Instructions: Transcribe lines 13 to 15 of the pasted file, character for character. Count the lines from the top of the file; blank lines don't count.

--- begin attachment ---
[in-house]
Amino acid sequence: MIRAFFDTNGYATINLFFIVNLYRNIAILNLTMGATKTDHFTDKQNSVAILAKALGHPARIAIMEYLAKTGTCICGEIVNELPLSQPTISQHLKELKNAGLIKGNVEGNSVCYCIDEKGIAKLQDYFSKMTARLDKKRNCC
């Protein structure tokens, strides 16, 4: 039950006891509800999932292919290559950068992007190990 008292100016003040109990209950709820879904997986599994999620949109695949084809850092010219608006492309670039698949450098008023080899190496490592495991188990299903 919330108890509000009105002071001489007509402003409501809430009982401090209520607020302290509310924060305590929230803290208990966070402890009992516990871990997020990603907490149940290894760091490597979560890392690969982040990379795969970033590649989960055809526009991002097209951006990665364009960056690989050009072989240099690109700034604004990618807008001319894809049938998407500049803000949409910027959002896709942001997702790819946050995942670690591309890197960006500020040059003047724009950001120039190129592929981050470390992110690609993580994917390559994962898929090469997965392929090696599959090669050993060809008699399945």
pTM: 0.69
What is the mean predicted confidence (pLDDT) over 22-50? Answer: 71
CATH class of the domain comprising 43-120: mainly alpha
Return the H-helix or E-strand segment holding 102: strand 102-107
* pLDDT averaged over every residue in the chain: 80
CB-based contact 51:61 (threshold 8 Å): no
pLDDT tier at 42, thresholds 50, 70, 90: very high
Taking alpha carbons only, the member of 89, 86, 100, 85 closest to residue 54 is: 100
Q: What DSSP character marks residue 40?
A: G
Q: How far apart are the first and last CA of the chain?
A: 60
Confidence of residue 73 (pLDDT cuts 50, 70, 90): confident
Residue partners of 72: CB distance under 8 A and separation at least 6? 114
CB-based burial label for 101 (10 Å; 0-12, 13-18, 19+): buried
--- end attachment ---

A: G
Q: How far apart are the first and last CA of the chain?
A: 60